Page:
One of the most serious technical security liabilities in any modern work environment is the presence of telecommunications equipment with built-in microphones and speakers. Unfortunately this threat
extends to a mobile work environment where Fixed Wireless Terminals (FWTs) are mounted in vehicles. A Fixed Wireless Terminal, (alternatively known as a Wireless Voice Terminal, Fixed Wireless
Telephone, or Fixed Cellular Terminal) is a device that typically uses commercial cellular networks to provide POTS (plain old telephone service) and/or broadband internet service. These devices can be
used in stationary locations or in mobile applications such as in vehicles and boats. However, FWTs and the standard telephones used in conjunction with FWTs are not designed with audio security in
mind and are subject to surreptitious audio surveillance. As such, when used in a U.S. government Accredited Facility (AF) or in a commercially owned Private Secure Area (PSA), these mobile
telecommunications systems must be secured with Committee on National Security Systems (CNSS) approved devices.
Therefore, in order to defeat the audio surveillance threat inherent in vehicle mounted FWT-based telephones, Vector Technologies has developed a Secure Mobile Telecommunications System
(SMTS) that provides the same on-hook audio security required for telephones located in U.S. federal government Sensitive Compartmented Information Facilities (SCIFs). This is accomplished by
incorporating CNSS-approved isolation devices into the SMTS. To Vectorâ€™s knowledge such a CNSSapproved mobile telecommunications system has never before existed.
For several decades, the U.S. federal government has recognized the technical surveillance threat from telephone equipment located in areas where sensitive government information is discussed. The
problem comes from commercial off-the-shelf (COTS) telephones that can pick up nearby audio even while the telephone handsets are on-hook. Essentially, any conversation within earshot can be picked
up by the microphones and speakers built into a standard COTS telephone even when the telephone is hung up. Unfortunately, this audio can then be transmitted out of the facility via the connected
telephone lines and potentially exploited by adversaries.
While the transmitted audio signal strength is usually very weak, modern amplifiers with simple contact leads can recover the transmitted audio well outside the area of origin. In addition, modern audio
forensic software and hardware equipment can be used to enhance the intelligibility of any surreptitiously gathered room audio. To make matters worse, this type of technical surveillance attack is
essentially impossible to detect. It is a passive attack that simply requires access to the targeted telephone line but does not require access to the targeted area.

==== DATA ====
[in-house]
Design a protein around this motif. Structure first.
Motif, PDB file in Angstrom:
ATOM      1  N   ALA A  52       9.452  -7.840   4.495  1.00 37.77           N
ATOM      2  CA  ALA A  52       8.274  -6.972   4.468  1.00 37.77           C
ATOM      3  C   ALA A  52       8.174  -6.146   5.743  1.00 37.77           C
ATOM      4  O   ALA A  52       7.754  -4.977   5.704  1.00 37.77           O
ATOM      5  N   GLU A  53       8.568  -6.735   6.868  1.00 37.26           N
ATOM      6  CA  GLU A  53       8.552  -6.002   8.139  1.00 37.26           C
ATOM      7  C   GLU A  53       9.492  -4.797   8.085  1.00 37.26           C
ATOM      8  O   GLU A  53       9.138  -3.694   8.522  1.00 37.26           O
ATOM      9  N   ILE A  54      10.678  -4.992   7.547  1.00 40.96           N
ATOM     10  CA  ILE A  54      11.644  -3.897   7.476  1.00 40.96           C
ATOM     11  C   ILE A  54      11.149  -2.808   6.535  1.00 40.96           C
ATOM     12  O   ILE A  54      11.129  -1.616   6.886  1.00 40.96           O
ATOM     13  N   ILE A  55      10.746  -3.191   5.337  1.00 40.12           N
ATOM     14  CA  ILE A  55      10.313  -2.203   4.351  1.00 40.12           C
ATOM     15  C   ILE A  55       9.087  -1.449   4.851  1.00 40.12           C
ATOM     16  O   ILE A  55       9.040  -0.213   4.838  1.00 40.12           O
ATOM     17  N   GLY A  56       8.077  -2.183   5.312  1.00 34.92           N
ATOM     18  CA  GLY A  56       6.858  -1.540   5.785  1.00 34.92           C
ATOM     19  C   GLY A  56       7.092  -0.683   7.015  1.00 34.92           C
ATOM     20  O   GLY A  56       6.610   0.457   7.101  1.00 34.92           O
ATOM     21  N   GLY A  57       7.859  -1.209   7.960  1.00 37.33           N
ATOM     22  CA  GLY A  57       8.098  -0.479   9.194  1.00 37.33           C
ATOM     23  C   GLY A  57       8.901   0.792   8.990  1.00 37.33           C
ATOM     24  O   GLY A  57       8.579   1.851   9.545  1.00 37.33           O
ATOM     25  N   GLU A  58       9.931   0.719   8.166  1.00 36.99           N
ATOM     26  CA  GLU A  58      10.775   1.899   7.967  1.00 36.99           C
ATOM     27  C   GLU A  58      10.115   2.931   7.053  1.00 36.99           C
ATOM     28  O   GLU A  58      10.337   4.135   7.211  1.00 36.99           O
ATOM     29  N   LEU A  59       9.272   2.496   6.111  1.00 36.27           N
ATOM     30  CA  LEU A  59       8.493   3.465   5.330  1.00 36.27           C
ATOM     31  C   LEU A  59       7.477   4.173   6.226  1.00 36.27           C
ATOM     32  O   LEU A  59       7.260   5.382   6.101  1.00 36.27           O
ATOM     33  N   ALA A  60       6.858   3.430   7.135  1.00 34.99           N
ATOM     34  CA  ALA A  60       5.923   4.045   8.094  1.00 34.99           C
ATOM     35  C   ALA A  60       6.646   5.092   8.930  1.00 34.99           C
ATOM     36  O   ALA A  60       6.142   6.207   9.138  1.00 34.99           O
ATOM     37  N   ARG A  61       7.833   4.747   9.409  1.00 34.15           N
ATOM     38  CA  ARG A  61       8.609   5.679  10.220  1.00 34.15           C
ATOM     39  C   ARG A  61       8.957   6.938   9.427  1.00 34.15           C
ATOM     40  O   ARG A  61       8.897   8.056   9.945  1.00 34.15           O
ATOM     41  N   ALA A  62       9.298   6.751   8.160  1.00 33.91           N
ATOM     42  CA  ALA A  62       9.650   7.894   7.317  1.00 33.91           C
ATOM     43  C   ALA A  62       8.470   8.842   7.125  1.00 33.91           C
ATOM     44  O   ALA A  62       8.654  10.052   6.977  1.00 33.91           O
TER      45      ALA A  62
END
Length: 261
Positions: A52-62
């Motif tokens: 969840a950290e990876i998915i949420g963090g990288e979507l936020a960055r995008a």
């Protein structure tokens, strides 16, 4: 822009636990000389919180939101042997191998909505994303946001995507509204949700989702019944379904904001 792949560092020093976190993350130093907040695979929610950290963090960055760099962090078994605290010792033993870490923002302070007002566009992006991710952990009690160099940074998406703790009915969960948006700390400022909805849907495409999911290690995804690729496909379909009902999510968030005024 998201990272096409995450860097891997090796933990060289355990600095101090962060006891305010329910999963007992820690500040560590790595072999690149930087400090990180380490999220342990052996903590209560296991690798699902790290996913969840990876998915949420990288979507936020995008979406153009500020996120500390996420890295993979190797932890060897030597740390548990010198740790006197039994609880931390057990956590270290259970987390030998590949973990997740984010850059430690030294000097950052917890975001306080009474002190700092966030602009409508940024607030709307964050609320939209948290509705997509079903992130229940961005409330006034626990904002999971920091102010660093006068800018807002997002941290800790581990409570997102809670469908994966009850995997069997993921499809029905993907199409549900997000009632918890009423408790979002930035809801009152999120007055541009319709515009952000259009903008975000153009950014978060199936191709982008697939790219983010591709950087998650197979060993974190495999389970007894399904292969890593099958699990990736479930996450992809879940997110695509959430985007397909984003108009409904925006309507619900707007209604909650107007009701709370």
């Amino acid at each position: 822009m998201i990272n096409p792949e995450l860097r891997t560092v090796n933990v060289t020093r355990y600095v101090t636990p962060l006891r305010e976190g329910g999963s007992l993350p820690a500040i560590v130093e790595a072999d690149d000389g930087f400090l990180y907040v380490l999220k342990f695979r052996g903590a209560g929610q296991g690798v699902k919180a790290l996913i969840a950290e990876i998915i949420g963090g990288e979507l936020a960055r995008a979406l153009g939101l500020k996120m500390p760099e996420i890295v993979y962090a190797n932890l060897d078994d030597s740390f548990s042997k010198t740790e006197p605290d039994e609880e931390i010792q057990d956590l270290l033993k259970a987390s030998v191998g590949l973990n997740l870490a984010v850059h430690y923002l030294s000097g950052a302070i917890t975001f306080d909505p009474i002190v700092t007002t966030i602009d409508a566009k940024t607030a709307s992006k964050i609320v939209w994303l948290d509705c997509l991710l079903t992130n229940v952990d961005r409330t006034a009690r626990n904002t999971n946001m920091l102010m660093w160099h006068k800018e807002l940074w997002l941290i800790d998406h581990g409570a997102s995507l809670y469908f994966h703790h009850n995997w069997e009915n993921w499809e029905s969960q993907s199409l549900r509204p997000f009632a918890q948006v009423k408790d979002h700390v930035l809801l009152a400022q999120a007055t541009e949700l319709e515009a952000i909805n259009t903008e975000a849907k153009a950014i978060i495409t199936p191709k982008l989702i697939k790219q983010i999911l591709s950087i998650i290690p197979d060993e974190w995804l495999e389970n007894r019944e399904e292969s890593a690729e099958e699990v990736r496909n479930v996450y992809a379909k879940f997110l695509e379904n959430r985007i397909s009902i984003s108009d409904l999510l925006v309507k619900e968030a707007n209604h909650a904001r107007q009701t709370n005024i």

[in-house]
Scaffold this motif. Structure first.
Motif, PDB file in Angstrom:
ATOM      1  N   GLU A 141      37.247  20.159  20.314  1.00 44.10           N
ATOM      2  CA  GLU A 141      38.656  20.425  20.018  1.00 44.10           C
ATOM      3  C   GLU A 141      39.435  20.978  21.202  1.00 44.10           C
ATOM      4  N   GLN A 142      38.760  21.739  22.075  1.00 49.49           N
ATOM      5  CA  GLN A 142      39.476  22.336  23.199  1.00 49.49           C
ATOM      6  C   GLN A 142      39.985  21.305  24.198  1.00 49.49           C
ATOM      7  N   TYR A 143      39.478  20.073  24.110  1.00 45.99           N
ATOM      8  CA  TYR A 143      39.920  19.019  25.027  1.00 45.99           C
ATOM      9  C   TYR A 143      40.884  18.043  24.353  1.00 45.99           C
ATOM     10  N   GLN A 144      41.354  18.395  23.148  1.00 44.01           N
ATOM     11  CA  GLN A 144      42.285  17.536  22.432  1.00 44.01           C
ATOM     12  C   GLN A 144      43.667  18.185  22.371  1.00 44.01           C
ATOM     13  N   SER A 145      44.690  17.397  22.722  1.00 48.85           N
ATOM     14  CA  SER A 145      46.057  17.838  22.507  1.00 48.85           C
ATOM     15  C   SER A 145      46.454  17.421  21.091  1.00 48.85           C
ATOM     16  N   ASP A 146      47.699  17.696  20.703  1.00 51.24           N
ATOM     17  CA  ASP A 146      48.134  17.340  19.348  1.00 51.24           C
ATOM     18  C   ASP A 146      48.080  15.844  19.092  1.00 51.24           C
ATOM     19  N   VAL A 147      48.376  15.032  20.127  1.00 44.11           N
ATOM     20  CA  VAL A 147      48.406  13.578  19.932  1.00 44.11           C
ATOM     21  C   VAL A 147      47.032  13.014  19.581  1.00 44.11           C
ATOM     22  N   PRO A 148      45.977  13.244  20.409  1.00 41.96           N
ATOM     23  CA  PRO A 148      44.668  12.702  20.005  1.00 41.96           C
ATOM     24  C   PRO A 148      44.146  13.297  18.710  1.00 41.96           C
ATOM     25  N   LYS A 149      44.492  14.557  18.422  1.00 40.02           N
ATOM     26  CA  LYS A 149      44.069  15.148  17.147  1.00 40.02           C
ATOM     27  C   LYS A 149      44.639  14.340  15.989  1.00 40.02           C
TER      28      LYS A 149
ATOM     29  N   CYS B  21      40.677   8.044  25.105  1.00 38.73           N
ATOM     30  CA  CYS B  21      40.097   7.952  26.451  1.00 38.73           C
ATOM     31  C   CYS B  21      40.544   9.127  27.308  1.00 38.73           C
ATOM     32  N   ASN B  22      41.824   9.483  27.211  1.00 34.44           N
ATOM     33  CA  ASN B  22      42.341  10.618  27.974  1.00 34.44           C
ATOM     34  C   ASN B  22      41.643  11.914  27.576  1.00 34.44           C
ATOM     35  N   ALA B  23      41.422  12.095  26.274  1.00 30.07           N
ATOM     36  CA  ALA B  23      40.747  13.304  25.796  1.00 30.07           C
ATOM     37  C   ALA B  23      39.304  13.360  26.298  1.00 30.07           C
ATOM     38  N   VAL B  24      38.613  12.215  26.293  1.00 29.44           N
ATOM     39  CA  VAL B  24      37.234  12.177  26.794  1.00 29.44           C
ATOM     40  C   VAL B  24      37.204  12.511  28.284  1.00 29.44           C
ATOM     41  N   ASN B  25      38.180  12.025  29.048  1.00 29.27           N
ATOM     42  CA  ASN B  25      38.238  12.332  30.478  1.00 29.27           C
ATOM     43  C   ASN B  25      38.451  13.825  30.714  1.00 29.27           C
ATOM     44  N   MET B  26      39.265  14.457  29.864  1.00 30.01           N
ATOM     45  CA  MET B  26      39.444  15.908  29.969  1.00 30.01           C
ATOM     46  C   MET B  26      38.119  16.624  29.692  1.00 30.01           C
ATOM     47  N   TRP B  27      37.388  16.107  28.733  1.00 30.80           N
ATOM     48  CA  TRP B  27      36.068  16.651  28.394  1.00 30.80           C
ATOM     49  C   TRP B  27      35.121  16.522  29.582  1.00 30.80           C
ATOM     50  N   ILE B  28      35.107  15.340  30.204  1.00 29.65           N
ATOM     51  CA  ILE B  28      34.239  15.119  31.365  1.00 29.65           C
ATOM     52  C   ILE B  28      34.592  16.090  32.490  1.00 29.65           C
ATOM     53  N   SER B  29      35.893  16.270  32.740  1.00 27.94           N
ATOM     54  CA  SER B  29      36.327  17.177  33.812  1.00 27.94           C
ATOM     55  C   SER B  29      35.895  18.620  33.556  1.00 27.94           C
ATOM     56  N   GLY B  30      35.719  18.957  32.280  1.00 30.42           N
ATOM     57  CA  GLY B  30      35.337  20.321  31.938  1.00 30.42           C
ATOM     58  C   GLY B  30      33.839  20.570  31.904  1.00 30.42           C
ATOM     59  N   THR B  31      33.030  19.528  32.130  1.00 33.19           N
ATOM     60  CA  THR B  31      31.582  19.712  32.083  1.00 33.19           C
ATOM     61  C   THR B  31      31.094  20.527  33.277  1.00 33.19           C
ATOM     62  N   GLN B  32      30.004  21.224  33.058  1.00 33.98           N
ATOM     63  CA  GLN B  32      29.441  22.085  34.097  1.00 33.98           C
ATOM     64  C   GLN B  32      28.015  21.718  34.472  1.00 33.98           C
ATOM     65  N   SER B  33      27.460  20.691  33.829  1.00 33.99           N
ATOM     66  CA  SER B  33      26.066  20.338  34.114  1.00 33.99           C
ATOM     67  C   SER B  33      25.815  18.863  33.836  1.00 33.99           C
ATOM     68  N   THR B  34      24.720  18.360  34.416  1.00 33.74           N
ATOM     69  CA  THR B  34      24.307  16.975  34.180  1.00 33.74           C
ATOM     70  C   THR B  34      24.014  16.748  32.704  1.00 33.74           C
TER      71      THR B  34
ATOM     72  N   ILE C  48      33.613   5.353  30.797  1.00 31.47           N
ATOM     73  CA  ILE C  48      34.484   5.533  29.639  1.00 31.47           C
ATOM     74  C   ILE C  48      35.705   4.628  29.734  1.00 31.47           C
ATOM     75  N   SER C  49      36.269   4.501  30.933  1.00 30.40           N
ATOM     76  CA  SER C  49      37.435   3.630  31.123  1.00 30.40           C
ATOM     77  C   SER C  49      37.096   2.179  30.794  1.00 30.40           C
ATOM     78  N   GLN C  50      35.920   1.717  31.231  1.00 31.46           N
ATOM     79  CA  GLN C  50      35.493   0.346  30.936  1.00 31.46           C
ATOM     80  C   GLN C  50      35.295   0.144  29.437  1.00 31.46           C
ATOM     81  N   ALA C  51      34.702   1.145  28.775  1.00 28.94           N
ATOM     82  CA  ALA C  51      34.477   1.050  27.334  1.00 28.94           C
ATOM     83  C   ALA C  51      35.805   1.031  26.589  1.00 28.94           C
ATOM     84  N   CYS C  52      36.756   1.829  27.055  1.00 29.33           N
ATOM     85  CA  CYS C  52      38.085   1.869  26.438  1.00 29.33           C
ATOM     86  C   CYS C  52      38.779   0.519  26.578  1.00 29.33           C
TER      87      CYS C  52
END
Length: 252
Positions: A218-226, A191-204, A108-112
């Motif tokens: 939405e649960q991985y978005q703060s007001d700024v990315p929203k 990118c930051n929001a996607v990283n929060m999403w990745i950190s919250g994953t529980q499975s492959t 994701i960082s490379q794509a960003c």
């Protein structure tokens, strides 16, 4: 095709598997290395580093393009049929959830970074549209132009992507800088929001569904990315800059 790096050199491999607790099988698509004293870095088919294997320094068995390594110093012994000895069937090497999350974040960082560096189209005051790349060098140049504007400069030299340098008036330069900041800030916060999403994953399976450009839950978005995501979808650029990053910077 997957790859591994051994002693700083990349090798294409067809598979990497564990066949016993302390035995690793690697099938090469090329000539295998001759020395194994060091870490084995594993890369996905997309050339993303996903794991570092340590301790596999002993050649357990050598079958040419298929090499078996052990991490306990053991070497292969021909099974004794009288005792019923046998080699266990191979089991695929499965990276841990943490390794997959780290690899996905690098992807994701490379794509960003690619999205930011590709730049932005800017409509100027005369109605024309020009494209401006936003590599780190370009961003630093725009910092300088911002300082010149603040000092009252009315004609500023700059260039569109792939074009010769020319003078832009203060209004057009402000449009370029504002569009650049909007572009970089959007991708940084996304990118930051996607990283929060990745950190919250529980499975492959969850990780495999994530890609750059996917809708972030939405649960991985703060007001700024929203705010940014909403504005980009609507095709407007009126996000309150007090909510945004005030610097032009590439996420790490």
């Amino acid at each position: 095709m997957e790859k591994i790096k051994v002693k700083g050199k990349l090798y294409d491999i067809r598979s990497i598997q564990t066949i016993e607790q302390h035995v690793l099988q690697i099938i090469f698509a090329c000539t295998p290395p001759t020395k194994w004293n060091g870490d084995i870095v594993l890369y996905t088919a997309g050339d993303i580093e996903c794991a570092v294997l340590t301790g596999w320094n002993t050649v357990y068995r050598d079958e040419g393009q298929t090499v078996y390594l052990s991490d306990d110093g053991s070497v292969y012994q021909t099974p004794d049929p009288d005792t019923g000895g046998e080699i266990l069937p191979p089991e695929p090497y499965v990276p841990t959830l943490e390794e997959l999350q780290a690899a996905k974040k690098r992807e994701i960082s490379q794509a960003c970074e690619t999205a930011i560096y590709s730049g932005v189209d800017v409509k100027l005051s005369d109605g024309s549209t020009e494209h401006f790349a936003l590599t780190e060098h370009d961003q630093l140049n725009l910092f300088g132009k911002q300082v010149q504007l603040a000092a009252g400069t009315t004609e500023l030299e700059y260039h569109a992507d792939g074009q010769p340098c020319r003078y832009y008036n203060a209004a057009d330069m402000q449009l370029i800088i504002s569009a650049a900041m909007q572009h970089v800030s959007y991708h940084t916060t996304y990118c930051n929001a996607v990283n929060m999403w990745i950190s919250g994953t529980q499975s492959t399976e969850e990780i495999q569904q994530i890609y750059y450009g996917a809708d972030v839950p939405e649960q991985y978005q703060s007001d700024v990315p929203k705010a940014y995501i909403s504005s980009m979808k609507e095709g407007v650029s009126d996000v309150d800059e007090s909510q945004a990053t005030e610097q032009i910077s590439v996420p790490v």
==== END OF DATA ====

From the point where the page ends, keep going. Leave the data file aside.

As with COTS telephones located in office environments, vehicle mounted telephone systems are also susceptible to the same on-hook audio surveillance attacks. Since COTS vehicle mounted FWTs and
COTS telephones are not designed for on-hook audio security, it may be possible to surrepetitiously dial into FWTs and tap into the very weak on-hook audio signals from the non-CNSS-approved
telephones. Essentially when FWTs and non-CNSS-approved telephones are combined into a single telecommunications system it becomes a â€œmobile bug.â€ This combination of technologies is the
equipvalent of a Portable Electronic Device (PED), such as a cellular telephone that can be remotely activated without the knowledge of the user to conduct audio surveillance. This vehicle mounted
COTS telephone system is the same type of telephone system that the U.S. government worries will be used for surrepetitious audio surveillance in sensitive areas.
The only way to ensure absolute telephone security is to exclude telephones from sensitive discussion areas. However, in today’s communications-oriented environment, that solution is impractical. As a
result, the National Telephone Security Working Group (NTSWG), formerly the Telephone Security Group (TSG), developed standards to provide countermeasures against the security weaknesses of
telephone equipment. The NTSWG is the primary technical and policy resource for all aspects of the U.S. technical security program involving telephone systems and is sanctioned by the CNSS.
According to the NTSWG there are two acceptable methods for attaining on-hook telephone audio security:
I. Use of a CNSS-approved telephone that incorporates security features.
II. Isolation of telephones from uncontrolled lines (or uncontrolled FWTs).
III. Use of either CNSS-approved telephones or isolation measures is sufficient to provide on-hook audio security. In addition, neither approach is regarded as being better than the other.
Historically, there have been two categories of “CNSS-approved telephones,” (1) NTSWGapproved
telephones (yes, confusing) and (2) NTSWG-type accepted telephones.
A NTSWG-approved telephone provides all necessary security features as intrinsic properties of the telephone itself. (NTSWG-approved telephones should have been called â€œNTSWG-validated
telephonesâ€ to eliminate any confusion.) These telephones have been technically evaluated (tested) by NSA for the NTSWG and have been determined to meet all applicable on-hook telephone audio